Thursday, April 22, 2010

Eyes on the road.

We drive together, just the two of us, most of the time. I plead guilty of trying to do a million things behind the wheel—returning phone calls on my cell, lipstick at a stoplight, a dangerous reach for her snack so I can have some silence, sing-a-long to her favorite music or playing I-spy in between errands. I no longer have to listen to my inner voice, I have Ava, she reminds me often—“Mom, eyes on the road."

Do you ever think about where your kids will be in twenty years? I try not to--most of the time. Only three years in and I already toy with the idea of what Ava will choose to be when she grows up. Sometimes I get a glimpse of her unique gifts and I imagine how she will use her compassion or already impressive negotiating skills, how influential will she become?

At 33 years of age, I still don’t know what I want to be when I grow up. I’ve had many enriching experiences thus far in life but still feel it’s only training for something bigger. For a long time, the nagging sense of something more left me full of doubt. I didn’t plan on motherhood revealing it for me. Maybe it was my gained perspective, or the forced adjustment away from my career. Whatever it was, I’m grateful to be enlightened. I understand now how much more I have left to do—one decision or career path won’t define the rest of my life.

I’ve always told myself I would try to remember what it’s like. The day I became her mother, I promised Ava I’d try to maintain perspective—remembering when I was her age (of course this is prior to my experience with raising a teenager; this journal entry will be all the ammunition she will need to use against me in about ten years).

A wise, dear friend of mine said it best. Pam is a mother of six (this alone gives her notable credentials) and I will never forget when she shared her discovery--she could do anything and everything she wanted, just not all at once. Maybe it was just perfect timing, but this resonated with me. I began to believe everything was available to me too—when it was time.

In the coming years, what I choose not to do will become equally important as what I decide to take on. I recognize my greatest influence over Ava happens now, not later. In many ways I’m just the passenger on Ava’s journey, doing my best to keep her between the lines--wherever her destination.

Thursday, April 8, 2010

Rainbow: an arc of colored light in the sky caused by refraction of the sun's rays by rain.

Our kids teach us about the present, not about planning for the future. At three, Ava lives only in the moment. Most of the time, this is good news. While I’m still recovering from an exhausting meltdown (hers, not mine), Ava has moved on to something else. The other day, I found myself tainted by the residue of emotional frustration, wanting nothing more than to put myself in a timeout—while Ava was crawling into my lap to tell me I’m her best friend.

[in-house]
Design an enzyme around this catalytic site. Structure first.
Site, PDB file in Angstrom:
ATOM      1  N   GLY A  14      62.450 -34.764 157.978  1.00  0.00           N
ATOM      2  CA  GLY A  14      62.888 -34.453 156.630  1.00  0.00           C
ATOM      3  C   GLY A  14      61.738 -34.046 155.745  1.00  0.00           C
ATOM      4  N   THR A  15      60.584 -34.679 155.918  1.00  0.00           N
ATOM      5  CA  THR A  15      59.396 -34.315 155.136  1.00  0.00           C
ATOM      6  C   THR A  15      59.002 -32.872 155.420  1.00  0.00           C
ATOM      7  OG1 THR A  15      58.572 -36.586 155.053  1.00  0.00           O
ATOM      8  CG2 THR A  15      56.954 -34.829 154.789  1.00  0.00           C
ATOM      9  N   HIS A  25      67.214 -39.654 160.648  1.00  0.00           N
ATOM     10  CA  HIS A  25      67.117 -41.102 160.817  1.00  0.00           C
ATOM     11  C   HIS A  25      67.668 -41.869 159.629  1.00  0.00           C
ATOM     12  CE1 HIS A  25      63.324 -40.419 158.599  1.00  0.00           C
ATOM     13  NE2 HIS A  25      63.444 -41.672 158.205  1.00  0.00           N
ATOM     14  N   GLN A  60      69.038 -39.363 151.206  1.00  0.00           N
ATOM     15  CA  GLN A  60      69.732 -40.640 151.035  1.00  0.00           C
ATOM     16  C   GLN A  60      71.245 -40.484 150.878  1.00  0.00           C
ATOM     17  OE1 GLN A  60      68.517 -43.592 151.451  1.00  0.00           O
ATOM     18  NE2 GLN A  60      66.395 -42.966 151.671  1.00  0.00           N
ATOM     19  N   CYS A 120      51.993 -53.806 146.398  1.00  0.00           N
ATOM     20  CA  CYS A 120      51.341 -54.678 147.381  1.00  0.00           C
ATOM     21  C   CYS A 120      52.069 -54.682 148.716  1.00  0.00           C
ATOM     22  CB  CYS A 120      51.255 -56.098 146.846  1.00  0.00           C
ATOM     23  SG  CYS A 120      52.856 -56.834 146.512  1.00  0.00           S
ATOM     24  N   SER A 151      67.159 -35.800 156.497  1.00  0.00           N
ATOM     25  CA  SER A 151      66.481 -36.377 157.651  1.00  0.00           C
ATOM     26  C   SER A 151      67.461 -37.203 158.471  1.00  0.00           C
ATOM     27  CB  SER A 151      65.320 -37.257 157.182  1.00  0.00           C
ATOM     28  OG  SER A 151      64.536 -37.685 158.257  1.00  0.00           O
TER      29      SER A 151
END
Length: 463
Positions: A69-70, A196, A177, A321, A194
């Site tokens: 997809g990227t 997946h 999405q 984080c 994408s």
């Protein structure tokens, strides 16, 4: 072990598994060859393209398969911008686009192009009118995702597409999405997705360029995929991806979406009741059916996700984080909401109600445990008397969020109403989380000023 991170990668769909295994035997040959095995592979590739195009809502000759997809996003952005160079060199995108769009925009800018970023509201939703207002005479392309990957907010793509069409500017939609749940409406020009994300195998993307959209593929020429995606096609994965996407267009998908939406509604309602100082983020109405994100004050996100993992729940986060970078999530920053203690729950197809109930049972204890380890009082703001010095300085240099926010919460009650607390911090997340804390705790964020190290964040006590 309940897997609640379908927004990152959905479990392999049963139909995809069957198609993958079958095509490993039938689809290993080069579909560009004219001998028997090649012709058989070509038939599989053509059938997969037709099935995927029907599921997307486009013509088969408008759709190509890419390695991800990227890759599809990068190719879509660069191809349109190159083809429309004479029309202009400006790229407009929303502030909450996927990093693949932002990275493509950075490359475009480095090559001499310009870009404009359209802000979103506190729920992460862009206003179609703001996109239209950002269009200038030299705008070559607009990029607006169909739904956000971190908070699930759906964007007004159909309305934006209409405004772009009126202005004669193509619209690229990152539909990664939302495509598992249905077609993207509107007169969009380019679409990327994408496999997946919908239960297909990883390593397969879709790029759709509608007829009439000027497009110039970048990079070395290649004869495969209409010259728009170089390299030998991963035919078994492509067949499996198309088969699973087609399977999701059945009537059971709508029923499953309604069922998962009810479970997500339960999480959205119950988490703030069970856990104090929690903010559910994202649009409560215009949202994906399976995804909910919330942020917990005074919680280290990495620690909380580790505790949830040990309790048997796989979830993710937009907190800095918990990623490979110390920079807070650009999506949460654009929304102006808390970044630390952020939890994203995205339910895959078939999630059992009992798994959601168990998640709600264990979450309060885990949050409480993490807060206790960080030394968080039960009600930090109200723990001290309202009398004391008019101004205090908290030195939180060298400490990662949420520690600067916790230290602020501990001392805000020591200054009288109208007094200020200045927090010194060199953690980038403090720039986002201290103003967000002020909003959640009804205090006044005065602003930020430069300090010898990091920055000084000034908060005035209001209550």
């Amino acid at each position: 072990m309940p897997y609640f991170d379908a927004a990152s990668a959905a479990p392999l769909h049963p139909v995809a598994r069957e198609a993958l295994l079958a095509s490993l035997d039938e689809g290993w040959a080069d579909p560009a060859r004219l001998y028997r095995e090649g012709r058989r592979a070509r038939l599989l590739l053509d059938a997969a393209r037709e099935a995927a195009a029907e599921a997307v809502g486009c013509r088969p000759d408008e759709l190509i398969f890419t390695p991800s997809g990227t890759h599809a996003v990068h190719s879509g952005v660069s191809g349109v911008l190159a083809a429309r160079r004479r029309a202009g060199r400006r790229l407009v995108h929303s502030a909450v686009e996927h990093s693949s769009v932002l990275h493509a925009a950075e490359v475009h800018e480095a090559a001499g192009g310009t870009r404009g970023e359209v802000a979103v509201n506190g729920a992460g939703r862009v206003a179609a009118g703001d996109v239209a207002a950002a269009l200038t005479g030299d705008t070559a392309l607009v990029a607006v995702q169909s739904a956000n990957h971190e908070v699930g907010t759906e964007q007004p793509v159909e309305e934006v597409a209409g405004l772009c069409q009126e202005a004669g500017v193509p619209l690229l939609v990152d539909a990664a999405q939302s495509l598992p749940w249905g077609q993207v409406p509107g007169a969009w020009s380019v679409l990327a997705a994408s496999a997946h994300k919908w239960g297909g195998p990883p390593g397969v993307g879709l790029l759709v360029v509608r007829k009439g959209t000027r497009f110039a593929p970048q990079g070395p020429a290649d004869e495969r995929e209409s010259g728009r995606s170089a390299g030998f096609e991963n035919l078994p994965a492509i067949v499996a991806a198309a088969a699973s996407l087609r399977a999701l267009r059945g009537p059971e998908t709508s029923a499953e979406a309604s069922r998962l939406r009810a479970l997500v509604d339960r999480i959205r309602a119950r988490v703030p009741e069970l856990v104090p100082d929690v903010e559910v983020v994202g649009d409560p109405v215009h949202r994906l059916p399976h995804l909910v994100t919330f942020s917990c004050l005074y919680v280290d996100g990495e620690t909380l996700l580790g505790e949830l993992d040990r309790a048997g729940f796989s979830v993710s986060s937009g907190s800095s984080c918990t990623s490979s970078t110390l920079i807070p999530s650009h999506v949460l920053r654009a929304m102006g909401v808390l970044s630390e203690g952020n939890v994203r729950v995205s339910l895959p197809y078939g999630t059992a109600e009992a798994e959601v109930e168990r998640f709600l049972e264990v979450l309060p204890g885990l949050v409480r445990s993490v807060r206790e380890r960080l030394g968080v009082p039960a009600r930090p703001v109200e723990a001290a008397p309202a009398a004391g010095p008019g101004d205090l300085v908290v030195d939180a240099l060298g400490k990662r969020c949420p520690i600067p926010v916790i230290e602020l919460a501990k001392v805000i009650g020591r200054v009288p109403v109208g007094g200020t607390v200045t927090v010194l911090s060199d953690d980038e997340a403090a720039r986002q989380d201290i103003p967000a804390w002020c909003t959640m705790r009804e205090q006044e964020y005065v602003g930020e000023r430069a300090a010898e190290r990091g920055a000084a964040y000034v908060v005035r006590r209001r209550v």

I get why we teach children a second language when they are young, Ava’s memory is endless. People, places, and tiniest of details from past experiences … I find myself asking her to help me remember. If it was important—Ava remembers. The best part of her recollection is her careful accounting—every detail is significant and deserves equal amount of attention.

As mamas, we are planners. We live in the future—a constant state of forward motion. Who else will make sure the refrigerator is full (with the right stuff) or the sheets on the guest bed are clean BEFORE company arrives? Who considers every developmental milestone, BEFORE it’s time? Day-to-day routine, meal planning, family time, social calendar…we’re days ahead of everyone else in the house. While we are on the peripheral, planning away in order to avoid pandemonium, what are we missing from the heart of the chaotic present moment? In the midst of the everyday little things life offers, Ava invites me to stop and take a second look.

The other day Ava says, “Mommy, the clouds are moving”…initially I’m thinking well yes, of course they are, they always move. Next, I began working out how I might break it down for her and give her a little science lesson—you know, don’t want to pass up a teachable moment. But then, I saw a different version, it wasn’t about the science behind a typical cloud. In this moment, we sat together and watched. I couldn’t recall the last time I witnessed the weather change so quickly, it was fascinating and beautiful. I’d forgotten how schizophrenic spring in the Northwest can be; we experienced sun, rain and hail in the matter of five minutes. It was the best five minutes I’d spent sitting still in a long time. On this spring day, Ava’s the reason I noticed.

I don’t think it’s a coincidence, how Ava loves rainbows. She notices them everywhere. She insists we move anything and everything in the way, protecting the light--Ava allows the rainbow to show itself.